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Meaning of PLUCK

Pronunciation:  pluk

WordNet Dictionary
  1. [n]  the act of pulling and releasing a taut cord
  2. [n]  the trait of showing courage and determination in spite of possible loss or injury
  3. [v]  pull lightly but sharply with a plucking motion, as of guitar strings; "he plucked the strings of his mandolin"
  4. [v]  look for and gather; "pick mushrooms"; "pick flowers"
  5. [v]  strip of feathers; "pull a chicken"; "pluck the capon"
  6. [v]  pull or pull out sharply; "pluck the flowers off the bush"
  7. [v]  rip off; ask an unreasonable price
  8. [v]  sell something to or obtain something from by energetic and esp. underhanded activity

PLUCK is a 5 letter word that starts with P.


 Synonyms: cull, deplumate, deplume, displume, fleece, gazump, gutsiness, hook, hustle, overcharge, pick, pluckiness, plume, plunk, pull, rob, roll, soak, surcharge, tear
 Antonyms: gutlessness, undercharge
 See Also: beat, berry, bill, catch, charge, cheat, chisel, collect, cull out, discover, draw, extort, fearlessness, find out, force, garner, gather, get a line, get wind, get word, gouge, hear, learn, mushroom, pick off, pick over, pick up, pluck, pull, pull off, pull together, pulling, rack, receive, rip off, see, sieve out, steal, strip, twang, tweak, tweeze, wring



Webster's 1913 Dictionary
  1. \Pluck\, v. t. [imp. & p. p. {Plucked}; p. pr. & vb. n.
    {Plucking}.] [AS. pluccian; akin to LG. & D. plukken, G.
    pfl["u]cken, Icel. plokka, plukka, Dan. plukke, Sw. plocka.
    1. To pull; to draw.
             Its own nature . . . plucks on its own dissolution.
                                                   --Je?. Taylor.
    2. Especially, to pull with sudden force or effort, or to
       pull off or out from something, with a twitch; to twitch;
       also, to gather, to pick; as, to pluck feathers from a
       fowl; to pluck hair or wool from a skin; to pluck grapes.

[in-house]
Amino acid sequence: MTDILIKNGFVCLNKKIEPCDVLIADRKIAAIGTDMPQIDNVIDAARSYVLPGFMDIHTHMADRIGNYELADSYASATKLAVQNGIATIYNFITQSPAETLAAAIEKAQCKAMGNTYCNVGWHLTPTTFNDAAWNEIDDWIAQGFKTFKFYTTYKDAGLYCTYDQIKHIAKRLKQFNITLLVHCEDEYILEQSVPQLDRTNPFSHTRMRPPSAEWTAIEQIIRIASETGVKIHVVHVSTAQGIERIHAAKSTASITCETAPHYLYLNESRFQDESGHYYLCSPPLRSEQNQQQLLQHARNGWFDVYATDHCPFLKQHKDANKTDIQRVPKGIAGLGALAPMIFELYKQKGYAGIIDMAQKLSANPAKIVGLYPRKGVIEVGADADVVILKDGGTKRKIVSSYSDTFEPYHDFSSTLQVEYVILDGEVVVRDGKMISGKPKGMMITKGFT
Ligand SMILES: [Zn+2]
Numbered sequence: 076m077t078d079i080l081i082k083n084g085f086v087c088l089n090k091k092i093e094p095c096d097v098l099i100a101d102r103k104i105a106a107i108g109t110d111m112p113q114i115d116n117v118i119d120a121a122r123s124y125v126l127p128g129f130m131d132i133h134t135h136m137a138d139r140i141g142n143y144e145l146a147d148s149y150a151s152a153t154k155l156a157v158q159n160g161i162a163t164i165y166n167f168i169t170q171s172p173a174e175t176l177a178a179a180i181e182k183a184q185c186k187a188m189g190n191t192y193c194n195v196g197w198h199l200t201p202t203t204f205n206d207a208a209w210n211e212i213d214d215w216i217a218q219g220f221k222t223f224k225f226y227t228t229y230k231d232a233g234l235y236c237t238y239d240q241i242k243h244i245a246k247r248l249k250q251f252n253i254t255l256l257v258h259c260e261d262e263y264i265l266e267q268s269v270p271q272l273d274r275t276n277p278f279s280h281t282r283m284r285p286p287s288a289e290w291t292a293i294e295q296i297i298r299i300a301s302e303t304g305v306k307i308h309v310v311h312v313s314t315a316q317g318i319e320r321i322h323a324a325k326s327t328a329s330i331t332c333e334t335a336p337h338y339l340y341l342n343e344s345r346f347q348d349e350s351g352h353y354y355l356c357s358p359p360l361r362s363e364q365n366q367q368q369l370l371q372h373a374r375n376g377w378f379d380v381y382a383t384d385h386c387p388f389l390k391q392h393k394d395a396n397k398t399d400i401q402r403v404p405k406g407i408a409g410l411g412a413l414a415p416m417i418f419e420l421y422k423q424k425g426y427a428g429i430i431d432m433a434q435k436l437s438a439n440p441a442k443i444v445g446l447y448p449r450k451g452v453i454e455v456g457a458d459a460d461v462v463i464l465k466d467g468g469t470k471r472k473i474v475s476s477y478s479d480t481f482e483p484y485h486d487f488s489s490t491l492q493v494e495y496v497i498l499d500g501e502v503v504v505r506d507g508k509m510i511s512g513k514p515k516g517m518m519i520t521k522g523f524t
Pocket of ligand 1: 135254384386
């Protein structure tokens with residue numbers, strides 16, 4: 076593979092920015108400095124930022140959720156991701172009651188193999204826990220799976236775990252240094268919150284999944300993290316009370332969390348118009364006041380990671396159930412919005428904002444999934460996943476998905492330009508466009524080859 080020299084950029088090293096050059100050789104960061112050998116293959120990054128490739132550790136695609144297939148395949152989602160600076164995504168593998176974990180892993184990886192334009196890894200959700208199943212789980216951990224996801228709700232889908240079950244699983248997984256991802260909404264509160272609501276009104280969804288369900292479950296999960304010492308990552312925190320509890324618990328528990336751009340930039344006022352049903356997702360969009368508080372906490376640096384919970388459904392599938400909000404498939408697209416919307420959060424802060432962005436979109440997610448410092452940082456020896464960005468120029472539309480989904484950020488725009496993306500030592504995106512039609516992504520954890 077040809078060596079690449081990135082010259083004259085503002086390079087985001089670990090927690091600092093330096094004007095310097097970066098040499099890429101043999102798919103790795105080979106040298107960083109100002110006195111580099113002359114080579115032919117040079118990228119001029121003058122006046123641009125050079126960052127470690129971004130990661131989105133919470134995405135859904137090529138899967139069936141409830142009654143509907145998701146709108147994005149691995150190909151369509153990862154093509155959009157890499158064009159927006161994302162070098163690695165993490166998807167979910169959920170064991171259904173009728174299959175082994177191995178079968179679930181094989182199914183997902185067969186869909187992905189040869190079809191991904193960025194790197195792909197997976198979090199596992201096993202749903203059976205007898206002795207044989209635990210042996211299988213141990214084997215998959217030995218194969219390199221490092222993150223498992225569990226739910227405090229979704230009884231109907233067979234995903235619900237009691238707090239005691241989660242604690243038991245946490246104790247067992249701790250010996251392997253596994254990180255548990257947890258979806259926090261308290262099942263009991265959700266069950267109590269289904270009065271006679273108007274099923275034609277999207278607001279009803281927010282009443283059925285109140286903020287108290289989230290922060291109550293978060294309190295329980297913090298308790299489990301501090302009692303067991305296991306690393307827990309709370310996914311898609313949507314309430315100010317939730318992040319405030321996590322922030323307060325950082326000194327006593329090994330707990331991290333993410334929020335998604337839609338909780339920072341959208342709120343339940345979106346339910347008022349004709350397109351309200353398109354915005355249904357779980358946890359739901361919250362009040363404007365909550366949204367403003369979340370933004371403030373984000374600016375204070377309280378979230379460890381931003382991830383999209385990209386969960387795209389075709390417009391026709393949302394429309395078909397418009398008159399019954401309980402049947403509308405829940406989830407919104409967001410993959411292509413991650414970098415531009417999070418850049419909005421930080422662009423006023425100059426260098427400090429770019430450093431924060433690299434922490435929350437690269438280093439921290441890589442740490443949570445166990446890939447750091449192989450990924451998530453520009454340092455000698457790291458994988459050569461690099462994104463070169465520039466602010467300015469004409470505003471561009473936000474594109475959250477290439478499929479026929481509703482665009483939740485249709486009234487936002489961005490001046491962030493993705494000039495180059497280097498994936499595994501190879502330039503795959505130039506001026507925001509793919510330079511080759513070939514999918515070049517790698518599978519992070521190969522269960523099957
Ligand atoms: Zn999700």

I come to pluck your berries harsh and crude.
             E'en children followed, with endearing wile, And
             plucked his gown to share the good man's smile.
    3. To strip of, or as of, feathers; as, to pluck a fowl.
             They which pass by the way do pluck her. --Ps.
    4. (Eng. Universities) To reject at an examination for
       degrees. --C. Bront['e].
    {To pluck away}, to pull away, or to separate by pulling; to
       tear away.
    {To pluck down}, to pull down; to demolish; to reduce to a
       lower state.
    {to pluck off}, to pull or tear off; as, to pluck off the
    {to pluck up}.
       (a) To tear up by the roots or from the foundation; to
           eradicate; to exterminate; to destroy; as, to pluck up
           a plant; to pluck up a nation. --Jer. xii. 17.
       (b) To gather up; to summon; as, to pluck up courage.
  2. \Pluck\, v. i.
    To make a motion of pulling or twitching; -- usually with at;
    as, to pluck at one's gown.
  3. \Pluck\, n.
    1. The act of plucking; a pull; a twitch.
    2. [Prob. so called as being plucked out after the animal is
       killed; or cf. Gael. & Ir. pluc a lump, a knot, a bunch.]
       The heart, liver, and lights of an animal.
    3. Spirit; courage; indomitable resolution; fortitude.
             Decay of English spirit, decay of manly pluck.
    4. The act of plucking, or the state of being plucked, at
       college. See {Pluck}, v. t., 4.
    5. (Zo["o]l.) The lyrie. [Prov. Eng.]
Thesaurus Terms
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